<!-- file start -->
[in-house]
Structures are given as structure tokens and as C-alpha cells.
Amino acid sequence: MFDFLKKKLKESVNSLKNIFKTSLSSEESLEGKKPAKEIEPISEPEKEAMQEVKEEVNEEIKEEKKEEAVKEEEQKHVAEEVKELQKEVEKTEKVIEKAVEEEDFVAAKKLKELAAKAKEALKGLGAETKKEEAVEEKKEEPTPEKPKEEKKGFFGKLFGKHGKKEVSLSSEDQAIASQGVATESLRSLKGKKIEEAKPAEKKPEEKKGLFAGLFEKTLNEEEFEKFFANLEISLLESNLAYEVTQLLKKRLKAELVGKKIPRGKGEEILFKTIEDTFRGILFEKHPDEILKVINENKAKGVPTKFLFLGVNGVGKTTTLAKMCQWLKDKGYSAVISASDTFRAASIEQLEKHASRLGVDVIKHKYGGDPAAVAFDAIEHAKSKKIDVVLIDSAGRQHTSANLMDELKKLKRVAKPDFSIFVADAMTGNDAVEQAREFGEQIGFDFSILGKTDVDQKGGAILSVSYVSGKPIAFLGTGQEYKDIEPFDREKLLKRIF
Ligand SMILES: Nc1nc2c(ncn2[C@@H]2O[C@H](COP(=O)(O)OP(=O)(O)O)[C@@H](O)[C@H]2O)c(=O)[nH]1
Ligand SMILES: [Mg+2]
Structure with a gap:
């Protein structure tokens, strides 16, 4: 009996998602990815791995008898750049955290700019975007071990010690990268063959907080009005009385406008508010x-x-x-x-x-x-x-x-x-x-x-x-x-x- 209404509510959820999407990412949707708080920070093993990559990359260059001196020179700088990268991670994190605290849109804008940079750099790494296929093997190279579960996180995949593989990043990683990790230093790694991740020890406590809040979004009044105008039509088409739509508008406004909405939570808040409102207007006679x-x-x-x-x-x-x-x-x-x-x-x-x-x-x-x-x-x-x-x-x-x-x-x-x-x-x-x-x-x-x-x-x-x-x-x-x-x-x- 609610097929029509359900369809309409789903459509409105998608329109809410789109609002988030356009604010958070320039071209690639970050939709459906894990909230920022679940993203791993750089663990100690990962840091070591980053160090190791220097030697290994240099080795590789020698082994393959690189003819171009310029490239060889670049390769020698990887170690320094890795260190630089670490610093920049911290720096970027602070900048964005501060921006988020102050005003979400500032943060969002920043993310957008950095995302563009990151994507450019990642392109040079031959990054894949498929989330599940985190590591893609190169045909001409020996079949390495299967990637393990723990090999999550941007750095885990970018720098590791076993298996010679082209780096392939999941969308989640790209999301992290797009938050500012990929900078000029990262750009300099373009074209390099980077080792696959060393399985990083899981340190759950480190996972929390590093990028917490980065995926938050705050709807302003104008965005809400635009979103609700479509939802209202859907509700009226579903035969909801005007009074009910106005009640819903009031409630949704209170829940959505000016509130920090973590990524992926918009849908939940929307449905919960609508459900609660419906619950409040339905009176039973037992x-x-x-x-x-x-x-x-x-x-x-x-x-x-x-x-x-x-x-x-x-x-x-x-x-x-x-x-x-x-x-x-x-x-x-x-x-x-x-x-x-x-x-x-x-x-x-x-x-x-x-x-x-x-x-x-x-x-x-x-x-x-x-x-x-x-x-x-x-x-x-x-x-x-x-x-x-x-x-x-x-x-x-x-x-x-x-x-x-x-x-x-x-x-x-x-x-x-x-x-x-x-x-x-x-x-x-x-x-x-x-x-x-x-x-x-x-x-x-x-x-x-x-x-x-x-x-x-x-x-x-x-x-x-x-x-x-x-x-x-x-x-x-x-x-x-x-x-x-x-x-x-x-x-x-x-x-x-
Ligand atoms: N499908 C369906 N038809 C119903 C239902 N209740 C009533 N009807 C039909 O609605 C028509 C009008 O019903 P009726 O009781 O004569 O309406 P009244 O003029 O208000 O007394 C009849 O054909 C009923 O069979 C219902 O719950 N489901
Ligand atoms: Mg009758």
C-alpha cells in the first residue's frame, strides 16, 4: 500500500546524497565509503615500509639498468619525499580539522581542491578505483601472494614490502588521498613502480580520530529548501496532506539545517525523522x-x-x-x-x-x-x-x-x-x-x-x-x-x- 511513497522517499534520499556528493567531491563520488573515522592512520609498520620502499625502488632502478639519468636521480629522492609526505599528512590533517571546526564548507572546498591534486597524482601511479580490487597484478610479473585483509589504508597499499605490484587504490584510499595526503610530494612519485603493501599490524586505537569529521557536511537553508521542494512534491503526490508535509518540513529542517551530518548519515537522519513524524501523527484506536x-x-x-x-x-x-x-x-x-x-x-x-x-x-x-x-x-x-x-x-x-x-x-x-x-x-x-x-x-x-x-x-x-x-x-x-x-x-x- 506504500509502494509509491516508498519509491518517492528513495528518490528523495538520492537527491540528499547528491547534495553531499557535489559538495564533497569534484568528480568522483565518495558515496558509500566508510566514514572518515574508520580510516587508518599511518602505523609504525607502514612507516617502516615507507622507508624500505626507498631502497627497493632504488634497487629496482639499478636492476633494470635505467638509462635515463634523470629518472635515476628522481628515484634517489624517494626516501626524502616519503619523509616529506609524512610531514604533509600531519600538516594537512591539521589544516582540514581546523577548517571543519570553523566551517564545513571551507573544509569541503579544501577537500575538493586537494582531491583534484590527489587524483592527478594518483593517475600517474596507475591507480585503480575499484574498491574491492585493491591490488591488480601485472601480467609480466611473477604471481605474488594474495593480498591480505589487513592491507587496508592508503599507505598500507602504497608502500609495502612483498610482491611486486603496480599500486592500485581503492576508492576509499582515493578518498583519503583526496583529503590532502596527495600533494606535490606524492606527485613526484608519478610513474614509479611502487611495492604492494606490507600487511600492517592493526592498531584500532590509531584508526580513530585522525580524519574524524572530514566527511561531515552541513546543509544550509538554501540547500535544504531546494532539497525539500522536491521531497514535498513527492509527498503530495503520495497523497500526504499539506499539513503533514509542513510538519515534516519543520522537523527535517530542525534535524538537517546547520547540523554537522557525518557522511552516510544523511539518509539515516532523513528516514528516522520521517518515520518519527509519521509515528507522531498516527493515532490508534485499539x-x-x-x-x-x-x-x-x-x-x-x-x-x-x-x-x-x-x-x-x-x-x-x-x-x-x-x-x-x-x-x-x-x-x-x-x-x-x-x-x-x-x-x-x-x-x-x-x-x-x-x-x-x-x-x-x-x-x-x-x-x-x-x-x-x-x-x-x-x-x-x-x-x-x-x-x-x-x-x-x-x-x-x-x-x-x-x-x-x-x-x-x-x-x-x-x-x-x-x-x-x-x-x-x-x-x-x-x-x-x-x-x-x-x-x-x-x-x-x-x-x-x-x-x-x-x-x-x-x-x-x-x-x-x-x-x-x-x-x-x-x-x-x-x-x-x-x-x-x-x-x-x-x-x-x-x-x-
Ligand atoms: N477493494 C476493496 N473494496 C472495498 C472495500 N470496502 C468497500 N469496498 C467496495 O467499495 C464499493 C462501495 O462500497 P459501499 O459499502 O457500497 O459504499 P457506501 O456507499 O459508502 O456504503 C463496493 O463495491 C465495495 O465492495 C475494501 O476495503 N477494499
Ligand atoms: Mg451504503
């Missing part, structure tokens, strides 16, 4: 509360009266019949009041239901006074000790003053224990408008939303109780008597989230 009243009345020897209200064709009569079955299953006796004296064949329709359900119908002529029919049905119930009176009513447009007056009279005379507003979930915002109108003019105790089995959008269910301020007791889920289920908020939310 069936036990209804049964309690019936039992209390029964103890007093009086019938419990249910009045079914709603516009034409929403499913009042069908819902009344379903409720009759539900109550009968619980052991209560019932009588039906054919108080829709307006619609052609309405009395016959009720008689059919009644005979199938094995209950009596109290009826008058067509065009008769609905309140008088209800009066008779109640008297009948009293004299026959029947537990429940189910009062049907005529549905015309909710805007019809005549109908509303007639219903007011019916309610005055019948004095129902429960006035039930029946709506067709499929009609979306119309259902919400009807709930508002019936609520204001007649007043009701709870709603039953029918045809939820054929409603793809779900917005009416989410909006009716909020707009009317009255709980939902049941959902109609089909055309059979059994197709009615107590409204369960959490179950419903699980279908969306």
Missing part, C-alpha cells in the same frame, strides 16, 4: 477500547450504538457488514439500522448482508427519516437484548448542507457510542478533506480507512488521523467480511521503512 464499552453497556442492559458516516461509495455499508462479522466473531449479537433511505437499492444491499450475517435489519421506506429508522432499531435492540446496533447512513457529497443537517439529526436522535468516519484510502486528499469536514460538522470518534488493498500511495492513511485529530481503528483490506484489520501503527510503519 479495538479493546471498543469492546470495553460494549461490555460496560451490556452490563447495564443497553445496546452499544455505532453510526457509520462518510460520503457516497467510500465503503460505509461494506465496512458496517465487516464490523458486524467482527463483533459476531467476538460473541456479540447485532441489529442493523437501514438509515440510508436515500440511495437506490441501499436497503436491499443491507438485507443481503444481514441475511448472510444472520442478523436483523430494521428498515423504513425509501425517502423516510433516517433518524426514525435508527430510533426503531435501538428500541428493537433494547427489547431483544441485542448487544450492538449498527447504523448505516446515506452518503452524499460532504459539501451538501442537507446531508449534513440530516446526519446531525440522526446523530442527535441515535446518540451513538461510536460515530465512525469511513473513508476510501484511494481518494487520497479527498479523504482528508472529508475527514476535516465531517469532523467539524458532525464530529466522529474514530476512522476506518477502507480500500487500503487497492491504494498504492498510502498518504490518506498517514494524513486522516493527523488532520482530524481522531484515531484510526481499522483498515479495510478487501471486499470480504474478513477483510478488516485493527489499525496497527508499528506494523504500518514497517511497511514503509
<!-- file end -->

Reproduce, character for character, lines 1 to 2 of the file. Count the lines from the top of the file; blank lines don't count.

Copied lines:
[in-house]
Structures are given as structure tokens and as C-alpha cells.